How Vortic, a Colorado watch maker, ended up on "Jack Ryan" TV show
In the season four premiere of “Tom Clancy’s Jack Ryan,” CIA deputy director Jack Ryan (John Krasinski) attends a senate committee hearing to discuss the assassination of a foreign president. The senators ask him to raise his right and pledge to tell the truth, the whole truth and nothing but the truth.
On his left hand, Ryan is wearing a large and shiny watch, distinct for showing 24 hours in its face instead of the usual 12.
The watch, made by Fort Collins-based Vortic Watch Company, created a buzz among gearheads who scoured the internet in search of details about the accessory. According to R.T. Custer, co-founder and CEO, the company’s website traffic jumped 50% compared to a typical month thanks to the cameo. It got another bump after a placement on “The Price Is Right,” where a Vortic watch was one of the prizes on the wheel.
Vortic, which restores old pocket watches and refurbishes them into wristwatches, only makes 50 of the military edition design per year. They sell for $8,000 each. By the time Gear Patrol ran a story entitled “What Watch Does John Krasinski Wear in the Final Season of ‘Jack Ryan?'” there were only five left, Custer said. The remaining stock sold out within 24 hours of the story’s publication in August.
“We made tens of thousands of dollars off that,” Custer said.
Vortic Watch Company worked with Mark McFann, a Fort Collins resident and owner of Cast a Long Shadow marketing agency, to get its product on the wrist of one of TV’s most notable CIA operatives and on a primetime game show. They’re not the first. In 2022, McFann helped place a bottle of NOCO Distillery’s whiskey in an episode of “Star Trek: Picard,” causing hardcore Trekkies to bombard the spirits maker in hopes of buying a bottle of their own.
Among the myriad of marketing strategies, McFann said product placement can be among the most effective.
“Filmmakers really want TV and films to look real, so they prefer to use real products,” he said. Instead of buying or renting, producers oftentimes work with agencies to trade client exposure for free props.
McFann has earned local brands visibility in blockbuster productions, like Marvel’s “Doctor Strange and the Multiverse of Madness.” During one scene, an advertisement for Boulder tea company Celestial Seasonings appears posted to the side of a phone booth as a monster tears through downtown.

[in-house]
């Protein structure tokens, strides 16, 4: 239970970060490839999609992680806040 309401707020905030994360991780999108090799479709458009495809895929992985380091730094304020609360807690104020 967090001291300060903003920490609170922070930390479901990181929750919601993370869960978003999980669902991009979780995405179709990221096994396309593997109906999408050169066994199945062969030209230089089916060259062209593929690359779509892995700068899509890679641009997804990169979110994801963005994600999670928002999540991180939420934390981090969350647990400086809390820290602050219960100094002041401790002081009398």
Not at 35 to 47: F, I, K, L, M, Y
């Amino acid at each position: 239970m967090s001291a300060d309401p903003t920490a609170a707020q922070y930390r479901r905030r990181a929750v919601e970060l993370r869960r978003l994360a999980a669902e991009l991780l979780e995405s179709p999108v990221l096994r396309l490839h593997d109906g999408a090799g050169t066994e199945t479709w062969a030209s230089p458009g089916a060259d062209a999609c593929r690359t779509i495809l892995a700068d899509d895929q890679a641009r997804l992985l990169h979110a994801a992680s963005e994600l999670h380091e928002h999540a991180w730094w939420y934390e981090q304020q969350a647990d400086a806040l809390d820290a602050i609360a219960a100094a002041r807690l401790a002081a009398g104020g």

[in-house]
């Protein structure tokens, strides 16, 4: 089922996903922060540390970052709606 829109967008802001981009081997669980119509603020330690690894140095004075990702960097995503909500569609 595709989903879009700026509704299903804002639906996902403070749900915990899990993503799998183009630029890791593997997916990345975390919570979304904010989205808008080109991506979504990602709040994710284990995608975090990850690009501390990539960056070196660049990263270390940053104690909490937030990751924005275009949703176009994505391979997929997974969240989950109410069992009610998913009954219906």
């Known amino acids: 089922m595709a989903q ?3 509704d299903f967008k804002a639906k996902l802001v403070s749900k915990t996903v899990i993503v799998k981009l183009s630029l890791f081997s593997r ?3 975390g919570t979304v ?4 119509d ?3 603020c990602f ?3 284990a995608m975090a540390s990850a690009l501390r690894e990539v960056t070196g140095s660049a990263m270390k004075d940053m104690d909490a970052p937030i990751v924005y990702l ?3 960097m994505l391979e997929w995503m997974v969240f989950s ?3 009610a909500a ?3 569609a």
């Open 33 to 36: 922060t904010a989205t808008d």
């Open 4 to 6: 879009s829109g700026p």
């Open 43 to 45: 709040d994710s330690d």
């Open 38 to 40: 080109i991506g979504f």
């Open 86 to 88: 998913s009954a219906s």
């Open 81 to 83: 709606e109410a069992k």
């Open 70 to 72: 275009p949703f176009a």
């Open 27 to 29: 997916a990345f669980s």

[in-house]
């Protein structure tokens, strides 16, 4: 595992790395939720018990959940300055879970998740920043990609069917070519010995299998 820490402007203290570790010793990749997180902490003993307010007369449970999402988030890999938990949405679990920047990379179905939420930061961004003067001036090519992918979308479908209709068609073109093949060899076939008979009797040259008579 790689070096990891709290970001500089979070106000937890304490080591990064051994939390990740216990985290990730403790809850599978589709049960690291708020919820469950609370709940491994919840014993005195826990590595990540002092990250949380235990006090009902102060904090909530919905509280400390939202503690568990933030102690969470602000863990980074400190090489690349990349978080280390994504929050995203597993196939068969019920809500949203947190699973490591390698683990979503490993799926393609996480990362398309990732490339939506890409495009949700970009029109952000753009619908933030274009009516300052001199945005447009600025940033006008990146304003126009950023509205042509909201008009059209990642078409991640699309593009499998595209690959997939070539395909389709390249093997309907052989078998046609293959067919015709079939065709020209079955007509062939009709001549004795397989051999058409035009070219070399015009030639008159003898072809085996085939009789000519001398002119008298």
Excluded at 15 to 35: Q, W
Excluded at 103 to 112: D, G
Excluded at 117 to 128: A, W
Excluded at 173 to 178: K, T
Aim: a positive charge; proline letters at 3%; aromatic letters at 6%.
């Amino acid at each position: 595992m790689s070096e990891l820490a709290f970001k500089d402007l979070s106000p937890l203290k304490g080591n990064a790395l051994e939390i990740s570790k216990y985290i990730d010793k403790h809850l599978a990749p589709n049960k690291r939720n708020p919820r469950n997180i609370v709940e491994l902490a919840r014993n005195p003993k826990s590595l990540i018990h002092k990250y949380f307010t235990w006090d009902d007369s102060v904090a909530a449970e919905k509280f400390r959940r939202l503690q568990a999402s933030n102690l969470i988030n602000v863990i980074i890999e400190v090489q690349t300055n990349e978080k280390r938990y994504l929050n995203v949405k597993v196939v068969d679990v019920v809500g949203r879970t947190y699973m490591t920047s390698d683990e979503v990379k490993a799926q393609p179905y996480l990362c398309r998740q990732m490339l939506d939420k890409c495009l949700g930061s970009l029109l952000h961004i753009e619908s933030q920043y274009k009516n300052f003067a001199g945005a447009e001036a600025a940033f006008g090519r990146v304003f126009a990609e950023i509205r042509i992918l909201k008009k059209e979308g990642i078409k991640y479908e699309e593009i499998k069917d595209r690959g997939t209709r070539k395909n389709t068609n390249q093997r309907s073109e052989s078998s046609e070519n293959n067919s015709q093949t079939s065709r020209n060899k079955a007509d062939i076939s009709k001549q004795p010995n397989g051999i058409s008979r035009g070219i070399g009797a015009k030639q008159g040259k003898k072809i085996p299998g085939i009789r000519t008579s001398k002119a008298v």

The brands McFann reps and productions where he places them need to be a good fit. For example, he wouldn’t place an expensive Vortic watch on the wrist of a character who couldn’t afford it.
It’s a long-term play, though, governed by film and television production timelines and sometimes the whims of Hollywood’s elite. One of McFann’s notable placements was for Royal Purple motor oil in the movie “Salt.” It wasn’t a guarantee, however, as actor Angelina Jolie had the final say on which products got screen time, he said.
“She had only approved two, which were Royal Purple and Ducatti,” McFann said. “You don’t always have control.”
Companies that are willing to weather the uncertainty of product placement sometimes reap long-term rewards. The Screen Actors Guild strike, however, has thrown a wrench in business. McFann has put all his clients on hold until the strike is over.
NOCO Distillery co-founder and master distiller Sebastien Gavillet originally planned to release the whiskey seen in “Star Trek: Picard” – a bottle of its Bourbon II from cask No. 427, which aligned with the show’s timeline years in the future – in late 2022 via a lottery. However, a mistake in the commemorative box design delayed the release, allowing fans extra time to sign up for the lottery.
There are now more than 8,000 hopefuls on NOCO Distillery’s lottery list hoping to purchase one of 500 bottles, Gavillet said. The lottery is slated to take place in late September.
“Between eight and 30 people sign up a week because people there are just getting to see the placement in the show,” he said.
Many more buy NOCO Distillery’s Bourbon II from earlier casks just to get a taste. Sales of that specific spirit have doubled since the episode aired, Gavillet said, leading the company to expand its production capacity and hire additional staff.
Custer at Vortic Watch Company said one of the most influential placements he’s notched is on the arm of Kevin O’Leary, also known as Mr. Wonderful on “Shark Tank.” In 2020, O’Leary published a YouTube video about some of his favorite timekeepers, which has since been viewed nearly 2 million times. Vortic receives traffic to its website from that video to this day.
“Product placement works clearly, but you have to be patient because it takes so long,” Custer said. “But now I have a direct connection to John Krasinski, which is pretty cool. And I can reach out directly to Mr. Wonderful.”
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